Share Prices and Sovereign Debt Yields Rebound… Brexit Situation Remains Muddled

March 26, 2019

In futures trading, the 10-year treasury yield rose five basis points to 2.44%. The 10-year German bund and Japanese JGB yield firmed two bps, while their British counterpart is 3 basis points firmer.

Share prices rebounded 2.2% in Japan, 1.1% in India, 0.9% in Indonesia, 0.8% in Taiwanand 0.6% in Singapore. European equity markets are up 0.6% in Switzerland, 0.7% in France, 0.5% in Italy, 0.3% in Spain and 0.2% in both Germany and Britain.

West Texas Intermediate crude oil advanced 1.4%, while gold is 0.7% softer.

A narrowly mixed dollar shows losses of 0.3% versus sterling, 0.2% relative to the Aussie dollar and 0.1% against the loonie but upticks of 0.4% versus the yen and kiwi and of 0.1% vis-a-vis the Swiss franc and Chinese yuan. EUR/USD is unchanged from Monday’s close.

There was a British parliamentary vote backed by proponents of a soft Brexit in favor of the House of Commons taking over control of the agenda governing amendment votes from Prime Minister May’s cabinet. This has persuaded some hardliners, who had voted previously against the prime minister’s  plan to now accept such. Outcome of all this remains highly unclear.

Revised GDP data were reported in France and the Netherlands.

  • French real GDP climbed 0.3% between 3Q18 and 4Q18, causing the on-year growth rate to slow to a 9-quarter low of 1.0% from 1.4% in 3Q and 2.8% in the final quarter of 2017. Calendar year economic growth slowed to 1.6% in 2018 from 2.3% in 2017.
  • Dutch GDP went up 0.5% on quarter and 2.2% on year last quarter. Calendar year average growth slowed 0.2 percentage points to 2.7% in 2018.

German consumer confidence slowed to a 4-month low and matched its weakest level in the past 12 reported months.

French overall business sentiment ticked a point higher to a 4-month low in March in spite of a 28-month low in the manufacturing sector. Construction confidence improved, while sentiment held steady in retail and services.

Swedish producer price inflation accelerated to a 3-month high of 6.3% in February. Danish retail sales rose 0.2% in February following back-to-back monthly declines in December and January. Sales were 1.2% greater than in February 2018. Finnish unemployment fell to 7.4% in February from 8.6% a year earlier.

Japanese corporate service prices posted their largest month-on-month increase in four months during February (0.3%), but the 12-month rate of increase only returned to its end-2018 pace of 1.1%.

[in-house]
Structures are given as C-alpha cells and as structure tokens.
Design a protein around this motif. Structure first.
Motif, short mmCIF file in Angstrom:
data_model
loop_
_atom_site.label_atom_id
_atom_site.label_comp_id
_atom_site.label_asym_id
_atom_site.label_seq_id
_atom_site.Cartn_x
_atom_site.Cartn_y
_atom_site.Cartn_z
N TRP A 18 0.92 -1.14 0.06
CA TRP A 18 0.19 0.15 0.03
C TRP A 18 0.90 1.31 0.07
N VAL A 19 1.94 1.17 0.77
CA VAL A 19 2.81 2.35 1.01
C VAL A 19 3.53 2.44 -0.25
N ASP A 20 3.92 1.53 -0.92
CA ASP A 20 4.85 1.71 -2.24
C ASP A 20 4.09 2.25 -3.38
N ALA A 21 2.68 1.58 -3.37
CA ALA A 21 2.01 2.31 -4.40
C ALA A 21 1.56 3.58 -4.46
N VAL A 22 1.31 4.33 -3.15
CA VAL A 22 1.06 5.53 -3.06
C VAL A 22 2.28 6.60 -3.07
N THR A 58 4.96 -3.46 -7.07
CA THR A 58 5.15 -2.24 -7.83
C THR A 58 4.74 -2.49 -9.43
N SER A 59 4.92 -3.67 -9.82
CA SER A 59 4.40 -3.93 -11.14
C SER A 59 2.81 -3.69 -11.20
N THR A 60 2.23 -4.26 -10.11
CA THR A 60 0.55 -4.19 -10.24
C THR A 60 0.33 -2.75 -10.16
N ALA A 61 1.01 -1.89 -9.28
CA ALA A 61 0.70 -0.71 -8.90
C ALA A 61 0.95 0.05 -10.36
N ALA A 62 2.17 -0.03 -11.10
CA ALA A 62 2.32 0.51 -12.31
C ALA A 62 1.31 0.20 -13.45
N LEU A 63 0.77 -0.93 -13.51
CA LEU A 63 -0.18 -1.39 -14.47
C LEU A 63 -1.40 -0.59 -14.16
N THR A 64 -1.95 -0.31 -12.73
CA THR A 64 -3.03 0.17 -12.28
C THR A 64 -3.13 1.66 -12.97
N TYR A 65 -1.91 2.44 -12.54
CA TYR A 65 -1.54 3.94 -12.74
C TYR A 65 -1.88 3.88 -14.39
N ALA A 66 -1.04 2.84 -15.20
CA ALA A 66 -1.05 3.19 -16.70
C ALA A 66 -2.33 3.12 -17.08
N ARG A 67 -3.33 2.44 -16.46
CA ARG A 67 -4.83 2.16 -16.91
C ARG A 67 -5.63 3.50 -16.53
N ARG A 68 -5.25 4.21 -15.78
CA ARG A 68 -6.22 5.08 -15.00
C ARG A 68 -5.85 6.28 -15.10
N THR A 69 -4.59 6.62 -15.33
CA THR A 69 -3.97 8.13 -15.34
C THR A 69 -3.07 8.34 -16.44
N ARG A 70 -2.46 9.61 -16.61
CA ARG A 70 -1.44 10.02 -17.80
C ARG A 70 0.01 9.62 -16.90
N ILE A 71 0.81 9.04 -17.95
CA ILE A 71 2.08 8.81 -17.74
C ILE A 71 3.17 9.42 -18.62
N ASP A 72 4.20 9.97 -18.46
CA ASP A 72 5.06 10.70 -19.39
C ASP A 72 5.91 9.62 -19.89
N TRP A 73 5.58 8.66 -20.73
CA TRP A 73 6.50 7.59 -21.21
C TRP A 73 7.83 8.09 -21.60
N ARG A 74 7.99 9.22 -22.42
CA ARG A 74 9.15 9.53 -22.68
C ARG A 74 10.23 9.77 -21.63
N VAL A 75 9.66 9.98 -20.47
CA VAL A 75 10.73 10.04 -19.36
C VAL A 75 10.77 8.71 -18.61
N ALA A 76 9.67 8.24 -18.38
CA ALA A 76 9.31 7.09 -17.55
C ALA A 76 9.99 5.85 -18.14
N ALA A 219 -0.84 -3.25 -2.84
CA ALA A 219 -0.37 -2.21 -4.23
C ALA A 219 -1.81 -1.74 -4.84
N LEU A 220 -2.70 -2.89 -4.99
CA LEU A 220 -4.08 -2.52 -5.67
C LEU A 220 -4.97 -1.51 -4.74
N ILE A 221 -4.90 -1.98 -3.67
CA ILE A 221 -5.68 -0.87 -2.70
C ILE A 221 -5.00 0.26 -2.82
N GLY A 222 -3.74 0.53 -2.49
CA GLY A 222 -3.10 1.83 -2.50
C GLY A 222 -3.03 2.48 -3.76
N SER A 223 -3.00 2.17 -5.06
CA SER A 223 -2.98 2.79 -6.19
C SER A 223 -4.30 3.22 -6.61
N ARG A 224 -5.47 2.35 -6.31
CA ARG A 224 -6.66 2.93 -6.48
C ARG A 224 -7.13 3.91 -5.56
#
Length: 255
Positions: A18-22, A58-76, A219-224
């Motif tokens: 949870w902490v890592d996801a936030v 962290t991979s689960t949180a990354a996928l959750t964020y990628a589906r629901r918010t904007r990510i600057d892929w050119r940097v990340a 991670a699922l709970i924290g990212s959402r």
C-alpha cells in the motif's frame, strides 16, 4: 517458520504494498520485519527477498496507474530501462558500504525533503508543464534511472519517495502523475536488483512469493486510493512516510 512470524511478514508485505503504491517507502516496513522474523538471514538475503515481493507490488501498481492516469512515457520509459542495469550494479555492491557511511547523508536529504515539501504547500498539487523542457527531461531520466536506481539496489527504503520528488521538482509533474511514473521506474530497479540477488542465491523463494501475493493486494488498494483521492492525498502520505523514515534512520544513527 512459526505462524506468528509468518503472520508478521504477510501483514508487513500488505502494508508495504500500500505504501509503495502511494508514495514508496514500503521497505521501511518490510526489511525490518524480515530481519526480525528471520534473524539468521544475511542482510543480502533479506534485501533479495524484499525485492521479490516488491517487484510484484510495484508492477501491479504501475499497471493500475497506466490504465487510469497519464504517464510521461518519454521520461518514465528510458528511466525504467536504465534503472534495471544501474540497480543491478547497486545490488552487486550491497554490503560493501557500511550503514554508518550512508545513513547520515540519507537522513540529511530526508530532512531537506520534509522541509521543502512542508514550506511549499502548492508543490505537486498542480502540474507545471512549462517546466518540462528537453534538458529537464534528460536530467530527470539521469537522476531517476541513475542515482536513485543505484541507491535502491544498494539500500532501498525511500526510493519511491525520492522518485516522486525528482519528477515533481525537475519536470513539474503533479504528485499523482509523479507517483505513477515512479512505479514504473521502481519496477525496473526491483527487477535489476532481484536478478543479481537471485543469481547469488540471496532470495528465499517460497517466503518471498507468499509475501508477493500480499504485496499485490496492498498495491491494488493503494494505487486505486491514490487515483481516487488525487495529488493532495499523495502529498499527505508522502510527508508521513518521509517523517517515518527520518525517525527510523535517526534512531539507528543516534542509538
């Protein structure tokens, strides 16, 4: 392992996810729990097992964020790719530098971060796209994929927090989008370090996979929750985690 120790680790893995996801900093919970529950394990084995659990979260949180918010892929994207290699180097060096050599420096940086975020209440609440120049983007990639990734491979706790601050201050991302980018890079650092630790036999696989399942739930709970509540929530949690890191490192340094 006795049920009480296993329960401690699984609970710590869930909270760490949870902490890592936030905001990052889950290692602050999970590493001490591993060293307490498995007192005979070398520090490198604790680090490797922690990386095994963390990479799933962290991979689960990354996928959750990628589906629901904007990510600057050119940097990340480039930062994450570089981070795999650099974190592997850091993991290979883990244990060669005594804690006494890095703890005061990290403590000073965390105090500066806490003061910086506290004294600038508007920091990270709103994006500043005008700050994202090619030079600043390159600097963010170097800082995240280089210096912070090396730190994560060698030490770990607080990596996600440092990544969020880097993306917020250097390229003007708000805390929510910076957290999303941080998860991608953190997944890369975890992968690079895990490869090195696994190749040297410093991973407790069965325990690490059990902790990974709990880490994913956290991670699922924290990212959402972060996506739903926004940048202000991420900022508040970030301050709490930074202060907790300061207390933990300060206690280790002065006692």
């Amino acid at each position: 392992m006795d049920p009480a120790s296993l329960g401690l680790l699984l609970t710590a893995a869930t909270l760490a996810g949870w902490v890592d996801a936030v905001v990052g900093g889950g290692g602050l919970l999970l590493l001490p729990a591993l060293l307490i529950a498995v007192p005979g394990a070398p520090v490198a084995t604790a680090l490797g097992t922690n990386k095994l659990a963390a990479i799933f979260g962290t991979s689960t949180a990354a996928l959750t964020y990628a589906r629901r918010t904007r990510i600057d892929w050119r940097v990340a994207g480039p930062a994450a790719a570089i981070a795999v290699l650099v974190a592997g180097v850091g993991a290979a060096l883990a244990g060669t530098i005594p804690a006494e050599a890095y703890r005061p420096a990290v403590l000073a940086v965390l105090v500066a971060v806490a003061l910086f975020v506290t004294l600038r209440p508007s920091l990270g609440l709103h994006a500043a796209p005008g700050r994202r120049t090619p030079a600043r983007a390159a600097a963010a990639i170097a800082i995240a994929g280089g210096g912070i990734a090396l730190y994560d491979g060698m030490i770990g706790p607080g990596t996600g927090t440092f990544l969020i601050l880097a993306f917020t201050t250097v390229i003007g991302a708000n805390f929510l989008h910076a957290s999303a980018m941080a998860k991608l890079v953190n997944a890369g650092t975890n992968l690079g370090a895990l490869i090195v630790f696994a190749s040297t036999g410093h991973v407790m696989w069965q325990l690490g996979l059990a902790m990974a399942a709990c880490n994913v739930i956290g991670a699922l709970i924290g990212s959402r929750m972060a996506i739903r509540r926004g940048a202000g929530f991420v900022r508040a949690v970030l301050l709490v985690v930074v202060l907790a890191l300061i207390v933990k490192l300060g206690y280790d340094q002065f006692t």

A summary of deliberations at the Bank of Japan’s March 14-15th Board meeting revealed considerable continuing disagreement between those members wanting more stimulus and a majority fearful that negative interest rates are damaging commercial bank profits.

Hungary’s central bank is holding a policy review.

New Zealand’s trade balance in February was in surplus by only NZD 12 million, down from NZD 188 million a year earlier. The twelve-month rate of trade deficit through February was NZD 6.62 billion, some twice as much as NZD 3.06 billion during the prior statement year through February 2018.

Hong Kong ran a trade deficit of HKD 59.3 billion in January-February, 20% smaller than a year earlier as imports contracted more rapidly than exports.

Boston Fed President Eric Rosengren blamed low U.S. bond yields on overseas trends and defended the FOMC decision to put interest rate increases on pause.

U.S. monthly data arriving today include housing starts, building permits, durable goods ordeers, the Case Shiller and FHFA house price indices, and the Richmond Fed manufacturing index.

President Trump has gone on a verbal offensive since declaring his own exoneration from accusations of collusion with Russia’s interference in the 2016 U.S. election. He plans action against his accusers and seeks to have Obamacare declared unconstitutional.

Copyright 2019, Larry Greenberg. All rights reserved. No secondary distribution without express permission.

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